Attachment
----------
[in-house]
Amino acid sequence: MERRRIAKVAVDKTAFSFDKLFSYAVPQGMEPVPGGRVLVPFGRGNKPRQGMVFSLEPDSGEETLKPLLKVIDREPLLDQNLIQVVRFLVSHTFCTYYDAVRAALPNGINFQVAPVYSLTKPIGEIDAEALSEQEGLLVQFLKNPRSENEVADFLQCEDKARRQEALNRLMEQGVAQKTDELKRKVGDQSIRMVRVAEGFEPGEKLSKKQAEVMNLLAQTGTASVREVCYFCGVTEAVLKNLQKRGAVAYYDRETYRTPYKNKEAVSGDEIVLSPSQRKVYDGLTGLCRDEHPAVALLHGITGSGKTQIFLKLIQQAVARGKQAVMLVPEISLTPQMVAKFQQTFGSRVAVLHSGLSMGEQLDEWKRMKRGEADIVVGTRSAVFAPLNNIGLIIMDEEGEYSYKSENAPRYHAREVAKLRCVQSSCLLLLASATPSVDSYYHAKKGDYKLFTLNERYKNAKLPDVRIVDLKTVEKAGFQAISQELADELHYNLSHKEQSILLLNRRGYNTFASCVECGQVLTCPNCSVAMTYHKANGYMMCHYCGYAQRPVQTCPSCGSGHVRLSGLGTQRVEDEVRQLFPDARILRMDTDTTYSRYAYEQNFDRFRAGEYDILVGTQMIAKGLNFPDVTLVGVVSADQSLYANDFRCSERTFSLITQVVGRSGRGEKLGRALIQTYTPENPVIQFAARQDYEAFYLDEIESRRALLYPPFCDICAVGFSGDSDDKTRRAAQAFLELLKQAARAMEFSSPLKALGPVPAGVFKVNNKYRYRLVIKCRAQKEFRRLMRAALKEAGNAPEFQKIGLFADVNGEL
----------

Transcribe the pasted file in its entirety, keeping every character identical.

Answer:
[in-house]
Amino acid sequence: MERRRIAKVAVDKTAFSFDKLFSYAVPQGMEPVPGGRVLVPFGRGNKPRQGMVFSLEPDSGEETLKPLLKVIDREPLLDQNLIQVVRFLVSHTFCTYYDAVRAALPNGINFQVAPVYSLTKPIGEIDAEALSEQEGLLVQFLKNPRSENEVADFLQCEDKARRQEALNRLMEQGVAQKTDELKRKVGDQSIRMVRVAEGFEPGEKLSKKQAEVMNLLAQTGTASVREVCYFCGVTEAVLKNLQKRGAVAYYDRETYRTPYKNKEAVSGDEIVLSPSQRKVYDGLTGLCRDEHPAVALLHGITGSGKTQIFLKLIQQAVARGKQAVMLVPEISLTPQMVAKFQQTFGSRVAVLHSGLSMGEQLDEWKRMKRGEADIVVGTRSAVFAPLNNIGLIIMDEEGEYSYKSENAPRYHAREVAKLRCVQSSCLLLLASATPSVDSYYHAKKGDYKLFTLNERYKNAKLPDVRIVDLKTVEKAGFQAISQELADELHYNLSHKEQSILLLNRRGYNTFASCVECGQVLTCPNCSVAMTYHKANGYMMCHYCGYAQRPVQTCPSCGSGHVRLSGLGTQRVEDEVRQLFPDARILRMDTDTTYSRYAYEQNFDRFRAGEYDILVGTQMIAKGLNFPDVTLVGVVSADQSLYANDFRCSERTFSLITQVVGRSGRGEKLGRALIQTYTPENPVIQFAARQDYEAFYLDEIESRRALLYPPFCDICAVGFSGDSDDKTRRAAQAFLELLKQAARAMEFSSPLKALGPVPAGVFKVNNKYRYRLVIKCRAQKEFRRLMRAALKEAGNAPEFQKIGLFADVNGEL